Shamatha is the one-pointed
concentration of the mind.
Vipashyana is perfect discernment.
– The Cloud Of Jewels
Because body and mind are interrelated, if one adopts a correct physical posture, the subtle channels with their energies will be straight, and this will facilitate the birth of realisation in the mind. It is therefore important to sit on a comfortable seat and adopt the seven-point posture of Vairochana [Buddha].  The legs should be crossed.  The eyelids should be lowered, and the eyes should be gazing [or closed] along the line of the nose.  The body should be kept straight, not leaning to one side or another.  The shoulders should be level.  The chin should be slightly tucked in so that the nose is in line with the navel.  The tip of the tongue should rest on the palate behind the teeth.  The breath should be allowed to rise and fall slowly and naturally. The posture is referred to as the life-tree or vital axis of the mind, for it helps to prevent it from getting lost in distraction, like tying a feeble sapling to a firm support.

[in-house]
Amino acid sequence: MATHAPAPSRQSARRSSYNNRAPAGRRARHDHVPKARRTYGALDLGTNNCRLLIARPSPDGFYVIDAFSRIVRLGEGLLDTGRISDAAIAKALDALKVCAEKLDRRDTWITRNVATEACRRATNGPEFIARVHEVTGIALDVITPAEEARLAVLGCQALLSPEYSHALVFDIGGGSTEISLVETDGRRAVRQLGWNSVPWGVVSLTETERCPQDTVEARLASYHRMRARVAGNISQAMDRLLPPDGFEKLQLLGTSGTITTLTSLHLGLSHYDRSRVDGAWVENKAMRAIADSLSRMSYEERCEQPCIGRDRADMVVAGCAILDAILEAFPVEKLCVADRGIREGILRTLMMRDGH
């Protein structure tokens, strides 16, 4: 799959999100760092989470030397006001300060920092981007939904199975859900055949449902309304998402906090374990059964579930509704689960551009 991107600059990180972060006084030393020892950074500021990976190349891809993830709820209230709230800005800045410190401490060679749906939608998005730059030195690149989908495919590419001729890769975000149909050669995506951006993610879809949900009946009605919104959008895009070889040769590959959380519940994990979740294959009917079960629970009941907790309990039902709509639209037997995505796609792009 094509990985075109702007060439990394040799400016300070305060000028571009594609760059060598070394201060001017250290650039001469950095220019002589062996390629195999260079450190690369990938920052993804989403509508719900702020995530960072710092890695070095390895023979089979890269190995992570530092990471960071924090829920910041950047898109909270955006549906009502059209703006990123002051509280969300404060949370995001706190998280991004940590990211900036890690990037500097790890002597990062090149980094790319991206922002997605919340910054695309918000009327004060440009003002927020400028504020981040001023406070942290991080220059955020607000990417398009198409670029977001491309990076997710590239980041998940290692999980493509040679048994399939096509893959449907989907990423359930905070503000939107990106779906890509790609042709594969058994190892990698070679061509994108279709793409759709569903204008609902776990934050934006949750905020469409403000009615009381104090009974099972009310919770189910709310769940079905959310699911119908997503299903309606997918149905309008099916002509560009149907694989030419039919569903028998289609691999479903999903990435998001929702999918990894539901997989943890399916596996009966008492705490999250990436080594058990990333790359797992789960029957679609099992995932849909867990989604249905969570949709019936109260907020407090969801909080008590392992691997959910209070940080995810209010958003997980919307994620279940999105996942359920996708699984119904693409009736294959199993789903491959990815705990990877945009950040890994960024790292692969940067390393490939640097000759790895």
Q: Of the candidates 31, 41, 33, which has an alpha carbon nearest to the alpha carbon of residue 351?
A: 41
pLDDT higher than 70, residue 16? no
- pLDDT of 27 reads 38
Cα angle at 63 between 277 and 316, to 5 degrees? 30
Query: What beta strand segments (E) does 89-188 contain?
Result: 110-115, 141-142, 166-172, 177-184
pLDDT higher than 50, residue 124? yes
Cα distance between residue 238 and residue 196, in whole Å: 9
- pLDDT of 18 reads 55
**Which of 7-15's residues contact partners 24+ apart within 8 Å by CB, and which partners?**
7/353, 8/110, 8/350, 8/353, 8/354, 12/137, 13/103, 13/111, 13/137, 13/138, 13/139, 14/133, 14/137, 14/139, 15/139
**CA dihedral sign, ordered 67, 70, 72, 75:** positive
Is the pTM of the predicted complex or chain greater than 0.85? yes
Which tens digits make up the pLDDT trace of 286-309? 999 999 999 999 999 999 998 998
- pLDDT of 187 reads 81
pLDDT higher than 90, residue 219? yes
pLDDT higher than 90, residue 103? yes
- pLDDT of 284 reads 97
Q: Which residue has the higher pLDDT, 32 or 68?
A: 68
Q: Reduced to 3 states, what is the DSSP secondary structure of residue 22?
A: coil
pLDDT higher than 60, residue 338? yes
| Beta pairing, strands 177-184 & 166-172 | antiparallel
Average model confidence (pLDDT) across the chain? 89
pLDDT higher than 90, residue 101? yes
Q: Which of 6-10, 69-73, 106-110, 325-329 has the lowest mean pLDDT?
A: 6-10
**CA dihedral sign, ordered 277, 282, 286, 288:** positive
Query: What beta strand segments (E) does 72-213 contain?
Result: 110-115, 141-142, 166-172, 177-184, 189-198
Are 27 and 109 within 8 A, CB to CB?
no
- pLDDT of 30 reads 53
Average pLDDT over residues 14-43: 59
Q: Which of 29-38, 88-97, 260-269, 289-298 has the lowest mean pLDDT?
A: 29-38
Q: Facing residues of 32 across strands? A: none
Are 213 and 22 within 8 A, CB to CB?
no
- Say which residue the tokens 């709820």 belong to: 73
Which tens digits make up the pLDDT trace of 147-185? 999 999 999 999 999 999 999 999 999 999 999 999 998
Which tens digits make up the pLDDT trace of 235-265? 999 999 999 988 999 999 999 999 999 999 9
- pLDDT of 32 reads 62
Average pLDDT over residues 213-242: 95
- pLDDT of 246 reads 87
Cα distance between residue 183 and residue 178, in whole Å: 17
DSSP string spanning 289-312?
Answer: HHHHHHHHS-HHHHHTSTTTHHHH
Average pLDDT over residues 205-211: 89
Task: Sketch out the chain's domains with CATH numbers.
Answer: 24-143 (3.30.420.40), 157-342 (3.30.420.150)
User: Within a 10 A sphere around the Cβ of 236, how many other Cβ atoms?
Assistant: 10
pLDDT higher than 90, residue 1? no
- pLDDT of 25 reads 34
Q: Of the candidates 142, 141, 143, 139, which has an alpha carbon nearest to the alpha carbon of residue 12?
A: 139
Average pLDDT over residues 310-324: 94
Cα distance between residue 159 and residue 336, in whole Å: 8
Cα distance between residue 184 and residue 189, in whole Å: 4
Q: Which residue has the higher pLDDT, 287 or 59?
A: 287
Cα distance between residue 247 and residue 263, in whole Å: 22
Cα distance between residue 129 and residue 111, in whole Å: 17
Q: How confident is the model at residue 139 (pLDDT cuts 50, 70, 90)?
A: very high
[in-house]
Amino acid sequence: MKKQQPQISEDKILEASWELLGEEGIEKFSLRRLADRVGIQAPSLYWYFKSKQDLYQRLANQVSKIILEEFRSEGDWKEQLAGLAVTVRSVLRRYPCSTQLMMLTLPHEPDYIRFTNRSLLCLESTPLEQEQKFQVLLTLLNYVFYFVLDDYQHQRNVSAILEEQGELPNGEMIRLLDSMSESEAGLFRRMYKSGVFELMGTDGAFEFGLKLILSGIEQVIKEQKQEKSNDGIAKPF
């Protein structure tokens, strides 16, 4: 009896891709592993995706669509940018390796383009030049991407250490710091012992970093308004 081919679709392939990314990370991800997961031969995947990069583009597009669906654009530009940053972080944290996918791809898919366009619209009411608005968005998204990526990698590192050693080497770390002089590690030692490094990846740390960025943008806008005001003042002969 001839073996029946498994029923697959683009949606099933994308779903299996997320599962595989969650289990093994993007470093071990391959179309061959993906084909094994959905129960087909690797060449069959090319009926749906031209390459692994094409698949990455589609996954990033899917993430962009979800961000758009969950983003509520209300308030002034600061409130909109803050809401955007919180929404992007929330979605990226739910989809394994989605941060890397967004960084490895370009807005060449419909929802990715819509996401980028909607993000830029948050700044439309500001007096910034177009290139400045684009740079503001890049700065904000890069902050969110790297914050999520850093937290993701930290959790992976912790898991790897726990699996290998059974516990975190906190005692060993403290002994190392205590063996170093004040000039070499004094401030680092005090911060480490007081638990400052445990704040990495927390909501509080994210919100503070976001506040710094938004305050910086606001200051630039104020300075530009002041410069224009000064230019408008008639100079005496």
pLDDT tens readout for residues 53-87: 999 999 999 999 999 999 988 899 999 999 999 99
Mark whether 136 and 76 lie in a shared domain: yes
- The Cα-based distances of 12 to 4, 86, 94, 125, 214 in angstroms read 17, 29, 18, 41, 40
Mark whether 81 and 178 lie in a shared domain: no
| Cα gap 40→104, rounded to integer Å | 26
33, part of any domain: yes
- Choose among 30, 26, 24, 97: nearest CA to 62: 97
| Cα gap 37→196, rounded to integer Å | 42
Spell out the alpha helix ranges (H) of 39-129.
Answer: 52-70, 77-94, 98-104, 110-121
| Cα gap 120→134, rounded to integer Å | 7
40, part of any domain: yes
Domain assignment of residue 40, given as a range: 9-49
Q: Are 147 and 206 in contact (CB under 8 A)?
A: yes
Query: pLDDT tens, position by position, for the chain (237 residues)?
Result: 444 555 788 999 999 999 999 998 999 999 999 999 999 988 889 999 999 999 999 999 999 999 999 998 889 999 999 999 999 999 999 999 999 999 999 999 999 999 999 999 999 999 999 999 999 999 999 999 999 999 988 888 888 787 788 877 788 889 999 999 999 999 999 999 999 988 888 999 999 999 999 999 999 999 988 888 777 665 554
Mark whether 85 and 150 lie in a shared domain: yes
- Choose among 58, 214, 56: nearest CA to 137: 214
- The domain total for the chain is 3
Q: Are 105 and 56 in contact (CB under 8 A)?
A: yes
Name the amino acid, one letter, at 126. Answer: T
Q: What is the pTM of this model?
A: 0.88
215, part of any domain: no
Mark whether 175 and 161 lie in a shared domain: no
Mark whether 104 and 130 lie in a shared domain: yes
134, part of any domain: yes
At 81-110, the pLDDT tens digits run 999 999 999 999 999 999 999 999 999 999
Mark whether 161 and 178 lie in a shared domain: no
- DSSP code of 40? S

One must then persevere in concentration, keeping the mind balanced in equipoise and focusing it exclusively on the specific object of concentration, without letting it stray elsewhere, even to virtuous objects (let alone negative ones), and without letting it lapse into a vague blankness. The object on which the mind should focus one-pointedly may be with or without form [e.g. the name of Amituofo; Amitabha Buddha], and from time to time, one should through thorough investigation make sure that the mind is focused on its target… When the mind remains in a state without torpor or excitement, dwelling one-pointedly on its object, undisturbed by thoughts, this is ‘calm-abiding’ (shamatha). The perfect recognition of the mind’s nature of primal wisdom or the absence of clinging to the object of concentration is the postmeditation or ‘insight’ (vipashyana). Shamatha and vipashyana partake of the same nature.
– Kangyur Rinpoche
On The Path To Enlightenment: Heart Advice From The Great Tibetan Masters
Compiled By Matthieu Ricard